The Art of Waiting

Lake at dawn, waiting for sunrise

Week Three: Saturday

The year of 2020 will no doubt go down in history with many different names, none very complimentary, but if I could name it, I’d call it “The Year of Waiting.”  We have all waited to see how a pandemic would unfold, having never experienced one before.  We have waited, and are waiting, to be with friends and family again. We have waited for the announcement of a vaccination.  Now we are waiting our turn to receive one and waiting to see if others will also do so and waiting to see what our reactions to one will be.  We have waited for the results of a national election, which have been announced over and over, and yet here we are, still waiting.  We are waiting to see what a new administration will be able to accomplish.  We are waiting, and waiting, and we do not appreciate it.

Since our family won’t be gathering at Christmas, my husband and I packed up Christmas packages at home and mailed them (USPS) on December 8 to our son and his family and to our daughter, spending her first Christmas ever alone in a new city.  Surely, December 8 would be plenty of time for their gifts to arrive. 

Apparently not. As of today, ten days later, we have no idea, even with tracking numbers, where the packages are, other than “en route.”  We could have biked the gifts there by now. To add insult to injury, I ordered a special gift on Amazon over two weeks ago, only to receive a notice today that it had been “lost.”  I can ask for a refund or “wait” to see if it shows up.  I have tried not to grind my teeth.  We Americans are not good at waiting.  The Covid numbers tell us so. We want what we want when we want it.  We have lost that fine art, that practice, of waiting, much to our spiritual detriment and mental health. 

When we look at ancient guides, Zechariah and Elizabeth, Simeon and Anna, Joseph and Mary from the New Testament of the Bible come to mind as models to follow in the art of waiting.  Zechariah and Elizabeth, well past childbearing years, were met with the news that they would have an extraordinary son, for whom they had to wait. Zechariah learned the fine art of waiting while being unable to speak for nine months. Perhaps that’s part of method, being quiet. Mary and Joseph waited to see what the coming of their own son would bring while no doubt caught in the middle of family and cultural turmoil, yet every day they did what they needed to do. Mary even took a trip to see her cousin Elizabeth and help her birth that extraordinary son instead of pouting and worrying about her own turn while she waited. Simeon and Anna, prophets, had waited their entire lives for a sign from God concerning the promised Messiah, and finally, finally, that sign arrived.  The method of their practice? Prayer.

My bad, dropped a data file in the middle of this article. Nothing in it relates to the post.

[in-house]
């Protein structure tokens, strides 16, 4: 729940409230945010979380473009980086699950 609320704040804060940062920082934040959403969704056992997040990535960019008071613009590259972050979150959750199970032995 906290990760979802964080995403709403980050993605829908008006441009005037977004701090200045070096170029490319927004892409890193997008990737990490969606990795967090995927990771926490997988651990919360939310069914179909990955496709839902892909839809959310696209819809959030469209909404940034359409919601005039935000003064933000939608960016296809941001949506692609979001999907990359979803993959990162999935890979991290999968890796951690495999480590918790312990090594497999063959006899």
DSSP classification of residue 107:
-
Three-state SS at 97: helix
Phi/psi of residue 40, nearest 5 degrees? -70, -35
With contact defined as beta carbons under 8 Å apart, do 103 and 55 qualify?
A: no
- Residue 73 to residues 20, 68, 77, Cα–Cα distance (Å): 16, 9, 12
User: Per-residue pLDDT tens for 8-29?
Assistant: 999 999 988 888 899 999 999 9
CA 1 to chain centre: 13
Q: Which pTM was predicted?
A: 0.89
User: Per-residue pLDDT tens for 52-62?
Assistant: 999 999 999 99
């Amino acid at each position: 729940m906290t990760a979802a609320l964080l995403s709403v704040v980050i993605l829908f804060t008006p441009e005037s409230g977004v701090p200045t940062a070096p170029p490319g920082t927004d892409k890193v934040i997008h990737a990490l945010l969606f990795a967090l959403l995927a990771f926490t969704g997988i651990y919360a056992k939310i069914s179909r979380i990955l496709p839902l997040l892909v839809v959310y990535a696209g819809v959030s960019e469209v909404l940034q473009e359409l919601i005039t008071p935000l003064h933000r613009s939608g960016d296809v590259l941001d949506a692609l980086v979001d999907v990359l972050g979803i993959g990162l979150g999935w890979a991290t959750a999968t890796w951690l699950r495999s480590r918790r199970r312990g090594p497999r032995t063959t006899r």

In each case, waiting was not passive; it was not an idle time of twiddling thumbs and staring out windows.  Woven throughout these stories are people who waited with patience; people who waited with hope and a purpose; people who waited with trust; people who waited with conviction that something really was about to happen; people who kept watch for the promise and prepared for that promise.  Their examples are models for us, in whatever waiting season we find ourselves.

I know so many people right now who are waiting for light in the darkness: for answers to medical treatments; for businesses and schools and places of worship to reopen; for reunions with family and friends; for healings (emotional, physical, spiritual) to occur; for loved ones to die and for loves one to recover; for new paths to reveal themselves; for reconciliations and new beginnings; for a return to some kind of life that will feel familiar; for the coming of the Light. I know what I am awaiting, just as you know what you are.

Is it too miraculous to wonder if we might wait like our ancient guides?  If we might practice that art of waiting with patience, hope, trust, conviction, and awareness instead of resistance, angst, and denial?  Are we able to place time, however it is to unfold, into the hands of God, the Universe, or whatever we deem bigger than ourselves?

I trust that our packages will get delivered, if not by Christmas (which is my ego-driven wish) than in good time.  But there are much greater waitings that call us into participation with these guides and that offer us opportunities to set aside all our ego-driven wishes. In this season of moving toward the Light, may we be granted the wisdom of our ancient guides and learn to wait, as the angels proclaimed, without fear.  Blessings to you.

Published by rosemarymcmahan

Poet, writer, minister, traveler on the way

3 thoughts on “The Art of Waiting

  1. Our Archbishop Melissa recently spoke of “waiting” (and its cousin, “frustration”) in a sermon. She recommended five practices: Slowing down, e.g., in a daily activity taking time to be intentional in the actions, she gave an example in pouring/stirring coffee/tea; walking outside daily and noticing creation intentionally; writing something down daily, e.g., a thought or reflection; doing one thing daily for someone else; and praying. She is an American and will soon retire after seven years as Bishop and Archbishop of the Diocese of New Westminster (British Columbia). She completely gets the difficulties with waiting and yet so wisely, like you, Rosemary, shows us a way to practice the Art of Waiting. Many thanks for your reflection!
    Ps: we’re waiting for a delivery as well. Canada Post is notorious for messing with the art of waiting!

    Liked by 1 person

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